24 August 2009

bikefix Exclusive Review: Descente Optima Ice jersey

I think that its interesting that, while I almost never see Descente clothing in bike shops, I see it all of the time on the road. Riders I know have a handful of pieces which they've had for ages and which remain among their favorites. For the brand's fit and durability, people seem willing to order online and keep the company's jackets, jerseys and shorts in rotation far longer than those from other companies. Last fall, I had the chance to chat with the company about some of the pieces and technologies that they were especially excited about. These Boulder-based guys & girls know riding- and it really shows in the details.

One of the technologies that have Descente excited is the use of Icefil fabric in the company's top two jerseys. The Optima Ice and Lee Hill Chill's fabric takes advantage of a semi-permanant (70% effectiveness after 70 washes- at least two years' riding) treatment that uses Xylitol, a mildly laxative sugar alcohol most commonly found in low-calorie chewing gum. Somehow, the crystal has been repurposed to absorb body heat while blocking UV rays, allegedly cooling the wearer's skin by up to 5 degrees. When summer rolled around, I was given the chance to try both the short sleeved and sleeveless Optima Ice jerseys.

In contrast to other jerseys I've reviewed recently, the the Optima Ice is a true pro cut jersey, using quite a few panels (I lost count) to create what feels like a truly 3-dimensional garment. It's rare that I, at 145lb, fill out a medium jersey, but the Optima Ice is a pleasant exception. The fabric is comfortable on the skin but a bit heavier than I expected, with only the gray and black panels made of lightweight (though not quite mesh) fabric. The full-length front zipper is a very bling chrome color- one that works with the jersey's high-tech look. There are three pockets at the back of the jersey: a center zipped pocket with a headphone cable routing hole flanked by a pair of open pockets with angled tops and wide bases. The back half of the jersey's hem has a very nice silicone gripper which, combined with the snug fit, helps to keep even the heaviest loads from moving while riding. Also on the rear are two sets of reflective chevrons and a Descente logo- something that is always appreciated.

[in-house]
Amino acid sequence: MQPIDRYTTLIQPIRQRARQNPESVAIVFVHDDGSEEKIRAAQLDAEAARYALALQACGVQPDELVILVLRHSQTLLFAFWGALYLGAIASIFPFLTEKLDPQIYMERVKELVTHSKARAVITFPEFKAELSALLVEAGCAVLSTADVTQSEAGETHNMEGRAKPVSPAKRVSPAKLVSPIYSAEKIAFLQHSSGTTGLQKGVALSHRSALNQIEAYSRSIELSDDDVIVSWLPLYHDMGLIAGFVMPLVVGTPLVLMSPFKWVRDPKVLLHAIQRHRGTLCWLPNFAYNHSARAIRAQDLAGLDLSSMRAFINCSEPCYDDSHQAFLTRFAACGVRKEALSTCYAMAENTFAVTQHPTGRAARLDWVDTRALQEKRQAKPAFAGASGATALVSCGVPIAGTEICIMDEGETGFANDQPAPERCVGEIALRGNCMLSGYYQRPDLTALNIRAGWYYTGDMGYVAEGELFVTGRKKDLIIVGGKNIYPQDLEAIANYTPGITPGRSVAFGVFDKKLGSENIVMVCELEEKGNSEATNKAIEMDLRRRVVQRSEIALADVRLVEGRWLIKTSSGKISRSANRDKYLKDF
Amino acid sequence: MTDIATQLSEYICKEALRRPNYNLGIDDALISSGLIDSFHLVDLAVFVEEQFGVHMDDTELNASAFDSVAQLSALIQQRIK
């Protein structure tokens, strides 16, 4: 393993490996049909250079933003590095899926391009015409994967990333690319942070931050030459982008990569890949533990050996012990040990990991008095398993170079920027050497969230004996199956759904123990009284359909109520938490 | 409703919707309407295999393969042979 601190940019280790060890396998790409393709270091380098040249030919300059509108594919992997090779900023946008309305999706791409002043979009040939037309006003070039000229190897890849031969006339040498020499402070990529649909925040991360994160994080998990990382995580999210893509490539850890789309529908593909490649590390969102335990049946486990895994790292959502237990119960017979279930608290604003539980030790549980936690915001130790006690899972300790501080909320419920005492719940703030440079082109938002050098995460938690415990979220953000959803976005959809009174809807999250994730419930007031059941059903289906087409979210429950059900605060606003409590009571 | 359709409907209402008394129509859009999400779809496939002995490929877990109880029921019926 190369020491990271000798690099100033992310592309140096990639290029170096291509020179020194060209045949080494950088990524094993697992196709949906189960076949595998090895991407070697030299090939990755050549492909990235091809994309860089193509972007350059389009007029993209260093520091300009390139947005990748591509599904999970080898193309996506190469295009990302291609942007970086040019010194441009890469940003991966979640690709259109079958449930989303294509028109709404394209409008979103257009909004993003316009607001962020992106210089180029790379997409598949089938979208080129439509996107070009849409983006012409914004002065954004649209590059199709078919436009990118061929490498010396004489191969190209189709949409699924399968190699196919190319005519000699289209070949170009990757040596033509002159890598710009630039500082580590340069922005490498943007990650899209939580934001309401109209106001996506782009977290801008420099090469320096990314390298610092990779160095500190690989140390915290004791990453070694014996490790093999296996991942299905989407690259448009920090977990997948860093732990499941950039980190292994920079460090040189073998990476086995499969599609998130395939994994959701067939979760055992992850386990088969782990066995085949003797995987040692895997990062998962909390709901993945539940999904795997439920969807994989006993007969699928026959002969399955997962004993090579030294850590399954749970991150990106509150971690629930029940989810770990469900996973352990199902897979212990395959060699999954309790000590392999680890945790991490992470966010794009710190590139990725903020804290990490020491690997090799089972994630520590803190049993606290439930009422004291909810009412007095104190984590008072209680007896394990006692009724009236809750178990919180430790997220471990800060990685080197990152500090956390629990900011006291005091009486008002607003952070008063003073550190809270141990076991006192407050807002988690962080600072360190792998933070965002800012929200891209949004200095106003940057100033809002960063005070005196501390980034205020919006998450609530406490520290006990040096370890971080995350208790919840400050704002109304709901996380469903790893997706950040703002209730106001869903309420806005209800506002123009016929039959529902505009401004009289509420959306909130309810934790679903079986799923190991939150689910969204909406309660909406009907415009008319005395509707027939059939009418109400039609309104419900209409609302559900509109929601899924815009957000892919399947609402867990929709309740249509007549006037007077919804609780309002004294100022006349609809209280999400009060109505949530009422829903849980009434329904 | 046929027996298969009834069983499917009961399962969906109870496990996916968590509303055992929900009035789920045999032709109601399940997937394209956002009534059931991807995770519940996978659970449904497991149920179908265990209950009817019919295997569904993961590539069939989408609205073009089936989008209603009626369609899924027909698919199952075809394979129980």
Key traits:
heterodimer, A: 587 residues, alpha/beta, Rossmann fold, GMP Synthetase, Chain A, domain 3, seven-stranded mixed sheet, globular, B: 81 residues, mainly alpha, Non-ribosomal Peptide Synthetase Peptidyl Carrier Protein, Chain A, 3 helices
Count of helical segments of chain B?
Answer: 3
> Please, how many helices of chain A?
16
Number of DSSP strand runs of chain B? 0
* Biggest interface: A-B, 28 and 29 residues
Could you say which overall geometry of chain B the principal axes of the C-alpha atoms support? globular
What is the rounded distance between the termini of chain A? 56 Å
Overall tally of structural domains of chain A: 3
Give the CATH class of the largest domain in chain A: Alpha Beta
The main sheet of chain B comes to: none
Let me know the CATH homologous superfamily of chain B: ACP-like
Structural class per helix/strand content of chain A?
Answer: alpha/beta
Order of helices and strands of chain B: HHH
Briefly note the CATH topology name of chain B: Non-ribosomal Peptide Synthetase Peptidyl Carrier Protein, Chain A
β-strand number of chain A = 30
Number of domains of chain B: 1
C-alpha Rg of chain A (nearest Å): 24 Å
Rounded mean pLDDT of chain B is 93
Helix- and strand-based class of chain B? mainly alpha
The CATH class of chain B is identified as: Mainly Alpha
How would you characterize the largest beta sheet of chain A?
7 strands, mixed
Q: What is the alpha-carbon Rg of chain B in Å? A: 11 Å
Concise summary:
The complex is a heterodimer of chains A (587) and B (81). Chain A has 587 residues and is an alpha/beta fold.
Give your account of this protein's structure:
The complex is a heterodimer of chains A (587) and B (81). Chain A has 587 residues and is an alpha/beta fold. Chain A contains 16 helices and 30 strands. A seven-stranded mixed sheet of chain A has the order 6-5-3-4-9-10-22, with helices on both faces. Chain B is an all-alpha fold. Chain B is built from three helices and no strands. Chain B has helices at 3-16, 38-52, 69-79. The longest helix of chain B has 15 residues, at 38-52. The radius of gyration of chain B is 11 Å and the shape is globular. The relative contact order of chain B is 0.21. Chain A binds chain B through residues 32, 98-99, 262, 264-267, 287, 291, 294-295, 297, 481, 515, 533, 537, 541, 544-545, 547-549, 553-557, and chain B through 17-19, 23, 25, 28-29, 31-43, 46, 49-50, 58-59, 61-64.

Somehow, reading up on Icefil, I expected the Optima Ice to feel as though it'd been soaked in menthol (the icy part of Icy Hot). That isn't quite the case. It turns out that the Icefil fabric works not just by absorbing body heat but also by preventing solar energy from reaching the skin- it's neither cool nor clammy to the touch. In fact, the Optima Ice feels largely like any other jersey- at least, like any other very well cut jersey. While I've ridden cooler jerseys made of more mesh-like materials, fair-skinned folks like myself need to be careful about wearing translucent clothing in the desert. The Optima Ice provides plenty of sun protection while remaining cooler than most and wicks very well- staying impressively dry even when riding with temperatures in the mid-90s. Despite their small openings, the side pockets are easy to access while providing safe storage thanks to their wide base.

All is not perfect with the Optima Ice, though. My only real problems with the jersey come from the two zippers. The front zipper has been very hard to operate single-handedly, catching or operating roughly, as a result of its lack of structure (which also makes it very comfortable). Also, on both the short sleeve and sleeveless jerseys, the front zippers' coils weren't cut short enough and were very sharp under my chin. Once I remembered to do something about them, a few seconds with a nail clipper took care of things. Out back, the zipped center pocket uses one of those locking zippers that are showing up everywhere. When the pull is pointed in the opening direction, it is in its locked position and won't open. Lefties will have a heck of a time of this, as it slides most freely when pushed from right to left. The locking zipper's use is surprising and it can be frustrating to operate with one hand behind the back. As a mountain biker and commuter who wears a pack as often as not, I'd just as soon go without zippered pockets altogether (its pretty hard to lose anything from a well-designed open pocket while road riding) and having only a small center pocket can make it hard to balance a heavy load. The jersey's side pockets are not as big as some I've used, though, so jersey stuffers might have to resort to using a saddle bag. Finally, while the Optima Ice's close cut minimizes flapping with the front zip open or closed (good), it also reduces airflow around the rider's sides and back with the zip open (not as good). As a result, I find myself having to take advantage of the long zipper on hot days, often reaching summits with a good deal of pale, bony chest exposed for all the world to see.

Despite a couple of zipper-related annoyances, I really like the Descente Optima Ice. The cut works very well and is clearly the result of a lot of thought. Not as cool as I might have expected, the Icefil fabric will work well from spring right through fall. Refreshingly, especially for a company's top jersey, the Optima Ice sells for $90- not cheap, but I would have expected them to ask at least 50% more for such a well made and technical top. These jerseys have become my go-to jerseys for hot weather riding and I haven't done a wash without them since the beginning of July. Thinner riders and those with fairer skin looking for a sharp spring, summer and fall jersey should seek one out. Available in white/black/red and, um, black/white/red.



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